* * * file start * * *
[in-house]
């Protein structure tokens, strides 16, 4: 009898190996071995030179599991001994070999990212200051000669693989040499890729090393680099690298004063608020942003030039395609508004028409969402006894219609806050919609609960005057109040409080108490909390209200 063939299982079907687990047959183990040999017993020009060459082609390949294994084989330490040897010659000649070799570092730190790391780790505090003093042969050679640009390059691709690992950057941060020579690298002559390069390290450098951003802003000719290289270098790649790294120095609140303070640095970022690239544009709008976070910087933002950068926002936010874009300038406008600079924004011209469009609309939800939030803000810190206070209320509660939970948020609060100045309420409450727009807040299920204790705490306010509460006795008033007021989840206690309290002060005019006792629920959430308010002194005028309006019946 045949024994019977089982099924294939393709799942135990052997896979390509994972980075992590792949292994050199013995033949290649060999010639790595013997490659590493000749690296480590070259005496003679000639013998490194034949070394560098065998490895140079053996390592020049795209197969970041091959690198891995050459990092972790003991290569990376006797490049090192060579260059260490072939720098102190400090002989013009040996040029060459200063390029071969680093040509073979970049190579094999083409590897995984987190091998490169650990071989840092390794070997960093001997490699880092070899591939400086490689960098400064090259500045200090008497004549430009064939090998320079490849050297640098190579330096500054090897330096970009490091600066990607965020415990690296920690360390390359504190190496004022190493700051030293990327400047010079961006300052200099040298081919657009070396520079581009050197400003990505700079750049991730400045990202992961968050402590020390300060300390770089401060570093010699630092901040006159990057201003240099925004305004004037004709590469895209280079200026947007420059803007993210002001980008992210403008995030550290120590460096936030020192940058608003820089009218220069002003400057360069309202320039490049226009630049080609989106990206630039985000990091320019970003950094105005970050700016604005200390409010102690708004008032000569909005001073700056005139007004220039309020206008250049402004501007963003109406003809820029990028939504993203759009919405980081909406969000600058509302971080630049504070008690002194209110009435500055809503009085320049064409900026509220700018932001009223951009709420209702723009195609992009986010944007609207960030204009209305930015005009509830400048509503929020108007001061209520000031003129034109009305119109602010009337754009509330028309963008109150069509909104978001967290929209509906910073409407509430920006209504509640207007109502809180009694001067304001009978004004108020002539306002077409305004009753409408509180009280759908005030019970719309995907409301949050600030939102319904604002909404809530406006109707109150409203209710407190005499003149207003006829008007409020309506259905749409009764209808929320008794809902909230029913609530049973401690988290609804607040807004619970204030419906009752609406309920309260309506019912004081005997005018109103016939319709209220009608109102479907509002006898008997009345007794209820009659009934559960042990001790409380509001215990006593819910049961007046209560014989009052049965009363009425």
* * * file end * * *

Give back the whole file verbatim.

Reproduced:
[in-house]
């Protein structure tokens, strides 16, 4: 009898190996071995030179599991001994070999990212200051000669693989040499890729090393680099690298004063608020942003030039395609508004028409969402006894219609806050919609609960005057109040409080108490909390209200 063939299982079907687990047959183990040999017993020009060459082609390949294994084989330490040897010659000649070799570092730190790391780790505090003093042969050679640009390059691709690992950057941060020579690298002559390069390290450098951003802003000719290289270098790649790294120095609140303070640095970022690239544009709008976070910087933002950068926002936010874009300038406008600079924004011209469009609309939800939030803000810190206070209320509660939970948020609060100045309420409450727009807040299920204790705490306010509460006795008033007021989840206690309290002060005019006792629920959430308010002194005028309006019946 045949024994019977089982099924294939393709799942135990052997896979390509994972980075992590792949292994050199013995033949290649060999010639790595013997490659590493000749690296480590070259005496003679000639013998490194034949070394560098065998490895140079053996390592020049795209197969970041091959690198891995050459990092972790003991290569990376006797490049090192060579260059260490072939720098102190400090002989013009040996040029060459200063390029071969680093040509073979970049190579094999083409590897995984987190091998490169650990071989840092390794070997960093001997490699880092070899591939400086490689960098400064090259500045200090008497004549430009064939090998320079490849050297640098190579330096500054090897330096970009490091600066990607965020415990690296920690360390390359504190190496004022190493700051030293990327400047010079961006300052200099040298081919657009070396520079581009050197400003990505700079750049991730400045990202992961968050402590020390300060300390770089401060570093010699630092901040006159990057201003240099925004305004004037004709590469895209280079200026947007420059803007993210002001980008992210403008995030550290120590460096936030020192940058608003820089009218220069002003400057360069309202320039490049226009630049080609989106990206630039985000990091320019970003950094105005970050700016604005200390409010102690708004008032000569909005001073700056005139007004220039309020206008250049402004501007963003109406003809820029990028939504993203759009919405980081909406969000600058509302971080630049504070008690002194209110009435500055809503009085320049064409900026509220700018932001009223951009709420209702723009195609992009986010944007609207960030204009209305930015005009509830400048509503929020108007001061209520000031003129034109009305119109602010009337754009509330028309963008109150069509909104978001967290929209509906910073409407509430920006209504509640207007109502809180009694001067304001009978004004108020002539306002077409305004009753409408509180009280759908005030019970719309995907409301949050600030939102319904604002909404809530406006109707109150409203209710407190005499003149207003006829008007409020309506259905749409009764209808929320008794809902909230029913609530049973401690988290609804607040807004619970204030419906009752609406309920309260309506019912004081005997005018109103016939319709209220009608109102479907509002006898008997009345007794209820009659009934559960042990001790409380509001215990006593819910049961007046209560014989009052049965009363009425």